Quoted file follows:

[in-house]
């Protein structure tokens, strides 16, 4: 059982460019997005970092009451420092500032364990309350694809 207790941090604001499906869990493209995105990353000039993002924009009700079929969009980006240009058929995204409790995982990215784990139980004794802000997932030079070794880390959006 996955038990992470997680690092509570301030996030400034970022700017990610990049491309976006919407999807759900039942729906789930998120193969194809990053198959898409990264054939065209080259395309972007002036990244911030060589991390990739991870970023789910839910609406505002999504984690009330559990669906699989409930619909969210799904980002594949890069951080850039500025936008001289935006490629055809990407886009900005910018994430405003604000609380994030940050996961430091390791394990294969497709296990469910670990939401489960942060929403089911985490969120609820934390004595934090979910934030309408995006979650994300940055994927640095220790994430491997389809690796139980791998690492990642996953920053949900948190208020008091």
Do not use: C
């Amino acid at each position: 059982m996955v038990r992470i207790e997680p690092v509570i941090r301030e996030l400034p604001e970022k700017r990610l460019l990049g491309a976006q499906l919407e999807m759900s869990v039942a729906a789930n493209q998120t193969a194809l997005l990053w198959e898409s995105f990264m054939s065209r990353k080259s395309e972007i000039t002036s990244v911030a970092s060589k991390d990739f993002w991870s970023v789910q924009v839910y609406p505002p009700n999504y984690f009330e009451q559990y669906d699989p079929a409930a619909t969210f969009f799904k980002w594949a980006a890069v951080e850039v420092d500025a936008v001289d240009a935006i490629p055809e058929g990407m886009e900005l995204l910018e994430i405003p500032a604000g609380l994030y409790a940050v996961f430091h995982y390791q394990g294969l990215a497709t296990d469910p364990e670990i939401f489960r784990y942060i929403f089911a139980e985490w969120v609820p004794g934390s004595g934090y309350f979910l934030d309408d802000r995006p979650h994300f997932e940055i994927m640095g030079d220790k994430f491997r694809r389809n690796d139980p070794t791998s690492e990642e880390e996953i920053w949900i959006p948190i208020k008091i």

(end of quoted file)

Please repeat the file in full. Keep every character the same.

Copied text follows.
[in-house]
């Protein structure tokens, strides 16, 4: 059982460019997005970092009451420092500032364990309350694809 207790941090604001499906869990493209995105990353000039993002924009009700079929969009980006240009058929995204409790995982990215784990139980004794802000997932030079070794880390959006 996955038990992470997680690092509570301030996030400034970022700017990610990049491309976006919407999807759900039942729906789930998120193969194809990053198959898409990264054939065209080259395309972007002036990244911030060589991390990739991870970023789910839910609406505002999504984690009330559990669906699989409930619909969210799904980002594949890069951080850039500025936008001289935006490629055809990407886009900005910018994430405003604000609380994030940050996961430091390791394990294969497709296990469910670990939401489960942060929403089911985490969120609820934390004595934090979910934030309408995006979650994300940055994927640095220790994430491997389809690796139980791998690492990642996953920053949900948190208020008091």
Do not use: C
């Amino acid at each position: 059982m996955v038990r992470i207790e997680p690092v509570i941090r301030e996030l400034p604001e970022k700017r990610l460019l990049g491309a976006q499906l919407e999807m759900s869990v039942a729906a789930n493209q998120t193969a194809l997005l990053w198959e898409s995105f990264m054939s065209r990353k080259s395309e972007i000039t002036s990244v911030a970092s060589k991390d990739f993002w991870s970023v789910q924009v839910y609406p505002p009700n999504y984690f009330e009451q559990y669906d699989p079929a409930a619909t969210f969009f799904k980002w594949a980006a890069v951080e850039v420092d500025a936008v001289d240009a935006i490629p055809e058929g990407m886009e900005l995204l910018e994430i405003p500032a604000g609380l994030y409790a940050v996961f430091h995982y390791q394990g294969l990215a497709t296990d469910p364990e670990i939401f489960r784990y942060i929403f089911a139980e985490w969120v609820p004794g934390s004595g934090y309350f979910l934030d309408d802000r995006p979650h994300f997932e940055i994927m640095g030079d220790k994430f491997r694809r389809n690796d139980p070794t791998s690492e990642e880390e996953i920053w949900i959006p948190i208020k008091i």